How did you first learn about The Altai Project?
I inherited The Altai Project when I came on as Executive Director of the Weeden Foundation 12 years ago. I knew virtually nothing about Altai at that time. Upon educating myself, I was impressed with the potential for landscape-scale conservation in Altai and the availability of US-based and local partners. Since then, the Weeden Foundation’s Altai Program has steadily grown and The Altai Project has remained a steady grantee.
The Foundation President, Norm Weeden and I traveled to Altai with Director, Jennifer Castner in 2005 and we were both very taken with her leadership and collaborative efforts. Jennifer is clearly one of Altai’s strongest champions, and her knowledge, language skills, and professional network have allowed The Altai Project to develop extremely effective partnerships with local activist organizations. It is a great example of how much a small committed organization can accomplish in a particular geographical area.
What inspires you about Altai?
Altai is one of the last great iconic landscapes left on the planet. Its scenery is breathtaking, akin perhaps to Western Montana 120 years ago. Approximately a quarter of the Republic is strictly protected as wildlife habitat, partly the result of continuing efforts to protect the most intact lands. Protected areas and their buffer lands support a population of snow leopards. Conservation science tells us that maintaining predator populations is vital to ecosystem balance. Altai is also rich in cultural traditions that include reverence for wildlife.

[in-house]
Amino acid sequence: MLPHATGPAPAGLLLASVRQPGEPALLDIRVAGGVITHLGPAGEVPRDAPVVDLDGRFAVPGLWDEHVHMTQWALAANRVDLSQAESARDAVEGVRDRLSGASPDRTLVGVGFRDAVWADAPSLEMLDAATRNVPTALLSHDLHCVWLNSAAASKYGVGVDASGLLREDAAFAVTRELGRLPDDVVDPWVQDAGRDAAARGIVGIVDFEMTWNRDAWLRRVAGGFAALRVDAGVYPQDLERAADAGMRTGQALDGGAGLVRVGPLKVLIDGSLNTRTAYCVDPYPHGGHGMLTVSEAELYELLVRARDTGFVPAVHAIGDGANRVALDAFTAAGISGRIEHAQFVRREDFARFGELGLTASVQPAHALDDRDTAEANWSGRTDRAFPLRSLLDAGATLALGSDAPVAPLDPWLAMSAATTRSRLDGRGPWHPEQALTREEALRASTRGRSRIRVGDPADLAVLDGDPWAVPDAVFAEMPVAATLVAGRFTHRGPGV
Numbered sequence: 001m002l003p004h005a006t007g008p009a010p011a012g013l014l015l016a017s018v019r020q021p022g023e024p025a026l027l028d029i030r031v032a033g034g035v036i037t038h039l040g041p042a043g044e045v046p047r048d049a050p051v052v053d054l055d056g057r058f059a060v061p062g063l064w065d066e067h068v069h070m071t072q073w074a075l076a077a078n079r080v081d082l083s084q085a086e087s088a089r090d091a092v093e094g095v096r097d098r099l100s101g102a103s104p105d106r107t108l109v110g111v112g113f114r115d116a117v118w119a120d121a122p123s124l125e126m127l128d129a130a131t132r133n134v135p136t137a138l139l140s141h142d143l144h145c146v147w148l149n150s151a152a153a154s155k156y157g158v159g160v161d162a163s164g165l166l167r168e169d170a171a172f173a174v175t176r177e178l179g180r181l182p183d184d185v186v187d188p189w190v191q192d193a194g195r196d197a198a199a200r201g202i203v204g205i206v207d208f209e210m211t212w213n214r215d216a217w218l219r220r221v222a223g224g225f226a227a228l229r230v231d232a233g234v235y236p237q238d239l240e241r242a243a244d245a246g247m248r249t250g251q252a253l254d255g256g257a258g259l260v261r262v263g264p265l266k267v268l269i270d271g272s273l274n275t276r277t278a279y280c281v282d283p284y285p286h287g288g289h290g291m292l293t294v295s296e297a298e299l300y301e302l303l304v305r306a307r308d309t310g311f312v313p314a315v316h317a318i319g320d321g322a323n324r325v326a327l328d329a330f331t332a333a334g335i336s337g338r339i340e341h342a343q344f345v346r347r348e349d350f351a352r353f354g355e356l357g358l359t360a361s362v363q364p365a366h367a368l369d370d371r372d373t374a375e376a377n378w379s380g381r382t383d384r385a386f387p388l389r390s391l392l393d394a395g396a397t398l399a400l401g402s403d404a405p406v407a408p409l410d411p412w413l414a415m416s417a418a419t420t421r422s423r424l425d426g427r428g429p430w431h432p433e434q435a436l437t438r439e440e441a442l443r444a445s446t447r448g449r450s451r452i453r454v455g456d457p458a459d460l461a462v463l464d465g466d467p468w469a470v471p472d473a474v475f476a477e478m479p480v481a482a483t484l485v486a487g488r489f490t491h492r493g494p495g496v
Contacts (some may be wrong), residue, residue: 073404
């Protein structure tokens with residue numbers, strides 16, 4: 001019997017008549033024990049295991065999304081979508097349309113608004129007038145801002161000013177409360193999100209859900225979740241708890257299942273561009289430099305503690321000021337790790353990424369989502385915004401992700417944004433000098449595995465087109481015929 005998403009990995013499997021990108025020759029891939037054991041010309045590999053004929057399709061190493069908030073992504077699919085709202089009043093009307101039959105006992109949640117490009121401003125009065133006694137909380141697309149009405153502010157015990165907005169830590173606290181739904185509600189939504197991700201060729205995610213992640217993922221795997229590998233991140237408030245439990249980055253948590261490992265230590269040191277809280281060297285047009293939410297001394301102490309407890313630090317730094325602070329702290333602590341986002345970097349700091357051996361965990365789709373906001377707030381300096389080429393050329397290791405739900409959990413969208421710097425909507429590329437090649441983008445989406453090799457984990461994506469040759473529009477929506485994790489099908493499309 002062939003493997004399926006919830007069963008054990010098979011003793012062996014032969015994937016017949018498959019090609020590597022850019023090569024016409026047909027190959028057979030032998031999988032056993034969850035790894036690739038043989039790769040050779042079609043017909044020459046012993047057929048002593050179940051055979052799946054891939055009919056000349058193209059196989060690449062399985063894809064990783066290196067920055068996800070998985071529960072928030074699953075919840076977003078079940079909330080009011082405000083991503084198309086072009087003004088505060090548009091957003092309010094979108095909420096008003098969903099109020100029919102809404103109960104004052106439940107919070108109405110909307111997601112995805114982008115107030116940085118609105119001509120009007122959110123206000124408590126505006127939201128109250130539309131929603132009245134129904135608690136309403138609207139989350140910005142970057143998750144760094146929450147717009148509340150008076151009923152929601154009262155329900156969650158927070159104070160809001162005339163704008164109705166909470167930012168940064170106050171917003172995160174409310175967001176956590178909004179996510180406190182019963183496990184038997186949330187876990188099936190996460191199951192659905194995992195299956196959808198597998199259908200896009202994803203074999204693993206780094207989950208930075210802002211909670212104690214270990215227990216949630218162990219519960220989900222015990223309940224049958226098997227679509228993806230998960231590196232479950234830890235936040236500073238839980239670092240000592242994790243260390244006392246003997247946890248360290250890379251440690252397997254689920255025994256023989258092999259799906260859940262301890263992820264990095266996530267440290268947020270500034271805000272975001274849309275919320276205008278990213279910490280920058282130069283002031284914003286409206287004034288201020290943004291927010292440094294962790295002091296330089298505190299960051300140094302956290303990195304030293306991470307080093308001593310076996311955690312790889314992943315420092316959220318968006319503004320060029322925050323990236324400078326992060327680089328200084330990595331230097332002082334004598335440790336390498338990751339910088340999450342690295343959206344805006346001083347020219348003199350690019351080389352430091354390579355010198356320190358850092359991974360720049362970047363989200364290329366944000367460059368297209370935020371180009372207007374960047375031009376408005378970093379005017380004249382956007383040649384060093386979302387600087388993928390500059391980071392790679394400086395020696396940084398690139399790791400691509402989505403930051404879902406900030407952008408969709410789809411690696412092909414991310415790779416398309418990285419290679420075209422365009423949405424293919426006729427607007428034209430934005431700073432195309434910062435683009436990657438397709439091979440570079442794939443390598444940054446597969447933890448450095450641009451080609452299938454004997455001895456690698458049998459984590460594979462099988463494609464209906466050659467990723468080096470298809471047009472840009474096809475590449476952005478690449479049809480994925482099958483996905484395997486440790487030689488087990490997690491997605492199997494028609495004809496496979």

What do you see as the greatest reason we should work to protect places like Altai?
Places that contain large conservation areas are vital to protecting global bio-diversity but are becoming increasingly rare. Altai has the advantages of low population density, strong traditions of reverence for the landscape, and remoteness. However in today’s globalized world no place is remote enough, and outside threats to Altai are increasing. We need to protect these last remaining grand landscapes from industrialization. Local groups working in collaboration with groups such as The Altai Project have been extremely effective in stopping big dam, mining, road development and energy infrastructure threats. There has also been considerable progress in addressing the important problem of wildlife poaching.
How can we help protect and conserve our land, wildlife, and cultures?
My advice is to pick an area of high biodiversity and traditional culture such as Altai, and support groups that are working to protect their attributes. The annual financial need for conservation groups in Altai is about $200,000. Small contributions can make a great deal of difference. I like to tell fellow foundations that working in areas like Altai provide a lot of “bang for the buck” because of the lower costs and tremendous volunteerism of the NGO sector.
Share a unique travel experience with us.
Traveling with Jennifer on the Ukok Plateau (Nature Park and UNESCO World Heritage Site) in southern Altai, we were in a “Uazik,” a high clearance Hummer-like vehicle when we got bogged down to our axles. I wouldn’t have thought the Uazik was capable of getting stuck but then I didn’t know Ukok, famous for its haunting, tundra-dominated landscape, and lack of roads. We tried for several hours to prop up the vehicle’s chassis with rocks. We then opted for the last resort of walking over to an army border post five miles away and asking for help. An army captain named Sergei soon arrived, jumping down from his huge vehicle 10 feet off the ground – a spitting image of Arnold Schwarzenegger. I asked whether we could rent his truck for the next couple of days but he ignored me. We were a lot more careful from then on, sending out scouting parties when the route was questionable (which was nearly always). The Ukok Plateau is a magnificent high landscape that is currently threatened by a proposed gas pipeline running from Russia into China.